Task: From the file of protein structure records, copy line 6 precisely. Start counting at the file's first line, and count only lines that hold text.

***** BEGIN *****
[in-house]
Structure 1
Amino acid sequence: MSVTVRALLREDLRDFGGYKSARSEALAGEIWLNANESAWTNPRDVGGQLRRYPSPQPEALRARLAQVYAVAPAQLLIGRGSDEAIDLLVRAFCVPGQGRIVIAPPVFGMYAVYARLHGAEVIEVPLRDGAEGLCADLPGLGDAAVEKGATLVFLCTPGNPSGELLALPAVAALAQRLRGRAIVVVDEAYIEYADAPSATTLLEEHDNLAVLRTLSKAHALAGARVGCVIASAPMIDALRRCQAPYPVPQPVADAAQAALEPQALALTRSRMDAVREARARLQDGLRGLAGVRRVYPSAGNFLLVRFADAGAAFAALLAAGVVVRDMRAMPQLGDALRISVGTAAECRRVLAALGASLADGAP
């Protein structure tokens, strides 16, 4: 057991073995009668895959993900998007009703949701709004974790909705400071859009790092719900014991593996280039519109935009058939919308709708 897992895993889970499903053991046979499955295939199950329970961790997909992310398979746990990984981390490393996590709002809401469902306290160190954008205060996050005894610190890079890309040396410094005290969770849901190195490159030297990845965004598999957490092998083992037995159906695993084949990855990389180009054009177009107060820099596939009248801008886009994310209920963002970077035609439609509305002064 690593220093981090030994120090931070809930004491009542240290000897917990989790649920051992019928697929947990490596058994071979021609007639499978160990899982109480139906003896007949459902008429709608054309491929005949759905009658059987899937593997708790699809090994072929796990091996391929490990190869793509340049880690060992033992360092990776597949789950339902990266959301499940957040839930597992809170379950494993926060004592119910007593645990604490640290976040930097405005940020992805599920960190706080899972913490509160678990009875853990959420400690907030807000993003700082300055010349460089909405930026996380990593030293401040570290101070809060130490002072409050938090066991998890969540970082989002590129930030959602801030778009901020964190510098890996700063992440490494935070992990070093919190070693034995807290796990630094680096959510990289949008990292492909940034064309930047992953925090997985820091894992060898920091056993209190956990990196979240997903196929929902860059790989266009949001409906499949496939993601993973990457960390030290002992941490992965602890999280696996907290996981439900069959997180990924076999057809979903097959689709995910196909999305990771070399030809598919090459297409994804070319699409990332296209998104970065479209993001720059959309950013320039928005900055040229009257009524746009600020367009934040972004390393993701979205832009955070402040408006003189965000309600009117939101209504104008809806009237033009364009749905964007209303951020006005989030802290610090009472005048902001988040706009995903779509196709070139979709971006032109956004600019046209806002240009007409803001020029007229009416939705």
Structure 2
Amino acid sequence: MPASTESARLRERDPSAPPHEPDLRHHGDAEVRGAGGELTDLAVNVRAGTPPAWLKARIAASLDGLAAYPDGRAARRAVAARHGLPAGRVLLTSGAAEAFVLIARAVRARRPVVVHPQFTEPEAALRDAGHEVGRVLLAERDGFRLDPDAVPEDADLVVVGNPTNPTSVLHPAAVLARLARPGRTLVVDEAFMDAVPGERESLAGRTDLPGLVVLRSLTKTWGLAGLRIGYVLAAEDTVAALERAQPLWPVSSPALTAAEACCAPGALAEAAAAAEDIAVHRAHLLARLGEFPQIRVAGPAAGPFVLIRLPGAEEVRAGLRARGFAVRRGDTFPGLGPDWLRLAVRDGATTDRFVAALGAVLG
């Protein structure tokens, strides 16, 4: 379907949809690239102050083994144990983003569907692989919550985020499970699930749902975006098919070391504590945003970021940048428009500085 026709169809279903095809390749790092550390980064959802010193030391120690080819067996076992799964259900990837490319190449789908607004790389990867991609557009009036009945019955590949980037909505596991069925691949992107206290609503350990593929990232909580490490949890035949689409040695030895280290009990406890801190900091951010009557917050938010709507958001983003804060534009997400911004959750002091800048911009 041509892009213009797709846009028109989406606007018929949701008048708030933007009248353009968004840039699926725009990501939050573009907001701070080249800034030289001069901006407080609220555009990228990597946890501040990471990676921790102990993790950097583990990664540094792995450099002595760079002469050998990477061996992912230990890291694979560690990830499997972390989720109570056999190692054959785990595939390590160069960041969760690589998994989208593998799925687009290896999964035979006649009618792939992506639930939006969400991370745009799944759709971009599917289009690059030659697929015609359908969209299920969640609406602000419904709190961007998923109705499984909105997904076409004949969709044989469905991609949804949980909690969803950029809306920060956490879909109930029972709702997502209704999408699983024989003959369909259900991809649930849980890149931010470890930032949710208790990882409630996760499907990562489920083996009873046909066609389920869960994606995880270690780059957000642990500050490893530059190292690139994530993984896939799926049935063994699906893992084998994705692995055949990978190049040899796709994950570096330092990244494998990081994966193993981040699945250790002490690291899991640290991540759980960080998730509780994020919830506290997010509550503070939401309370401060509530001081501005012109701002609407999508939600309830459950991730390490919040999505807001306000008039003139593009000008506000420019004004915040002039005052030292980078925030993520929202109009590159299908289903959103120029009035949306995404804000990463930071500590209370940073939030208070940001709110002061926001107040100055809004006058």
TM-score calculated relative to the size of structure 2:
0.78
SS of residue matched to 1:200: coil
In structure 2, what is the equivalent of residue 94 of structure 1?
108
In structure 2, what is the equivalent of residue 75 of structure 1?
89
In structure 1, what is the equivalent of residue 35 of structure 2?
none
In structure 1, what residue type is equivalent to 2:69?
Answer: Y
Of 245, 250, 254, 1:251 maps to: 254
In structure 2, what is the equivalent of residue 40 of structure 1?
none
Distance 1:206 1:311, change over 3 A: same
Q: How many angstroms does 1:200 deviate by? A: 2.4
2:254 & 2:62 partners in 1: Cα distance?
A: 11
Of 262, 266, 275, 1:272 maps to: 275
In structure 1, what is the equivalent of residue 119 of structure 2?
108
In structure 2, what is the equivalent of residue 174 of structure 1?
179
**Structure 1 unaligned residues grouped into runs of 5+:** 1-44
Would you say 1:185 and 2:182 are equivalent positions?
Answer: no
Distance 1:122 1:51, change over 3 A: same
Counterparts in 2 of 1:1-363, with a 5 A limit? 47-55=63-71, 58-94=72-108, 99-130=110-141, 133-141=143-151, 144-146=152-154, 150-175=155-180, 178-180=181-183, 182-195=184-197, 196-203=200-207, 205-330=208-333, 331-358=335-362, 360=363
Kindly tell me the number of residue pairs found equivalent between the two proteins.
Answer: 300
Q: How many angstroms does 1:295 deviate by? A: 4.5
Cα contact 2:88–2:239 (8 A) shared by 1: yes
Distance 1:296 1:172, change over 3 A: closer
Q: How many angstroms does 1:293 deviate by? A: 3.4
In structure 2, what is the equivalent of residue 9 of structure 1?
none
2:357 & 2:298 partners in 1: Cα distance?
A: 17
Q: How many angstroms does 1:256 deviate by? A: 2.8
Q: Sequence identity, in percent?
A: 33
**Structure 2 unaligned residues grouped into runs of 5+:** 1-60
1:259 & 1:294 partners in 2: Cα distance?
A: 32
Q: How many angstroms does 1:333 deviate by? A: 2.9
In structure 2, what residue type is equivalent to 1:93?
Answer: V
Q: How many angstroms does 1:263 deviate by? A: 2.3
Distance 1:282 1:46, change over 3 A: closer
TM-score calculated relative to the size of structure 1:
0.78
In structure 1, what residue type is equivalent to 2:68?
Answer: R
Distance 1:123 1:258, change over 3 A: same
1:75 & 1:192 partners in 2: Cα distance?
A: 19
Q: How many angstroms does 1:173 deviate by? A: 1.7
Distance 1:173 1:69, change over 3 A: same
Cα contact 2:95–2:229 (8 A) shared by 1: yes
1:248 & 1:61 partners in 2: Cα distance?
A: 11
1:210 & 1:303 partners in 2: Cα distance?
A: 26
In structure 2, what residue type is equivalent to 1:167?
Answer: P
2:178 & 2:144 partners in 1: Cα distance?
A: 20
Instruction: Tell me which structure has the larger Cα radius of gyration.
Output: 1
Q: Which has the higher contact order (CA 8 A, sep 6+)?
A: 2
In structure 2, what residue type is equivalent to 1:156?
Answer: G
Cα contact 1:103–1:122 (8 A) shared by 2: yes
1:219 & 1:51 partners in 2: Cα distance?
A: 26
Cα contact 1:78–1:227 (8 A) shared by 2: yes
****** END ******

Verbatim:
Amino acid sequence: MPASTESARLRERDPSAPPHEPDLRHHGDAEVRGAGGELTDLAVNVRAGTPPAWLKARIAASLDGLAAYPDGRAARRAVAARHGLPAGRVLLTSGAAEAFVLIARAVRARRPVVVHPQFTEPEAALRDAGHEVGRVLLAERDGFRLDPDAVPEDADLVVVGNPTNPTSVLHPAAVLARLARPGRTLVVDEAFMDAVPGERESLAGRTDLPGLVVLRSLTKTWGLAGLRIGYVLAAEDTVAALERAQPLWPVSSPALTAAEACCAPGALAEAAAAAEDIAVHRAHLLARLGEFPQIRVAGPAAGPFVLIRLPGAEEVRAGLRARGFAVRRGDTFPGLGPDWLRLAVRDGATTDRFVAALGAVLG